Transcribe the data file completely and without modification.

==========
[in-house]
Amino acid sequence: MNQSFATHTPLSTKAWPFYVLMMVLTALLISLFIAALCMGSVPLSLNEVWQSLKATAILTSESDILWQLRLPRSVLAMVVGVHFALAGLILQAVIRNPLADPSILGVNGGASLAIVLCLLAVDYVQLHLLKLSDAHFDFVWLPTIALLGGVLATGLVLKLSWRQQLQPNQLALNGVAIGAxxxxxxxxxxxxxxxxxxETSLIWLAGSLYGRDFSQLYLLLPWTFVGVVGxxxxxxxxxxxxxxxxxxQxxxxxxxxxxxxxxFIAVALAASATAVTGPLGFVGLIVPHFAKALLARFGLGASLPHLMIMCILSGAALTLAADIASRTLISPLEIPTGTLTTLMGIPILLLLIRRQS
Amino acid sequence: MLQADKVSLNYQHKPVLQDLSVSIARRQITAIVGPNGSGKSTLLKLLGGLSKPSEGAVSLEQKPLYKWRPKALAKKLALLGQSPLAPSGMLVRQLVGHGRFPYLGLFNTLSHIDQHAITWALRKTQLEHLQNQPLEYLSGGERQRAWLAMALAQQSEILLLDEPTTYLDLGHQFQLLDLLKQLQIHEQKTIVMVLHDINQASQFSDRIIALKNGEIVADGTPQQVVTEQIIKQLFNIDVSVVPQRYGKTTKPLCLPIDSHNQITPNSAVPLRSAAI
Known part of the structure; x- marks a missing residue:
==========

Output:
[in-house]
Amino acid sequence: MNQSFATHTPLSTKAWPFYVLMMVLTALLISLFIAALCMGSVPLSLNEVWQSLKATAILTSESDILWQLRLPRSVLAMVVGVHFALAGLILQAVIRNPLADPSILGVNGGASLAIVLCLLAVDYVQLHLLKLSDAHFDFVWLPTIALLGGVLATGLVLKLSWRQQLQPNQLALNGVAIGAxxxxxxxxxxxxxxxxxxETSLIWLAGSLYGRDFSQLYLLLPWTFVGVVGxxxxxxxxxxxxxxxxxxQxxxxxxxxxxxxxxFIAVALAASATAVTGPLGFVGLIVPHFAKALLARFGLGASLPHLMIMCILSGAALTLAADIASRTLISPLEIPTGTLTTLMGIPILLLLIRRQS
Amino acid sequence: MLQADKVSLNYQHKPVLQDLSVSIARRQITAIVGPNGSGKSTLLKLLGGLSKPSEGAVSLEQKPLYKWRPKALAKKLALLGQSPLAPSGMLVRQLVGHGRFPYLGLFNTLSHIDQHAITWALRKTQLEHLQNQPLEYLSGGERQRAWLAMALAQQSEILLLDEPTTYLDLGHQFQLLDLLKQLQIHEQKTIVMVLHDINQASQFSDRIIALKNGEIVADGTPQQVVTEQIIKQLFNIDVSVVPQRYGKTTKPLCLPIDSHNQITPNSAVPLRSAAI
Known part of the structure; x- marks a missing residue: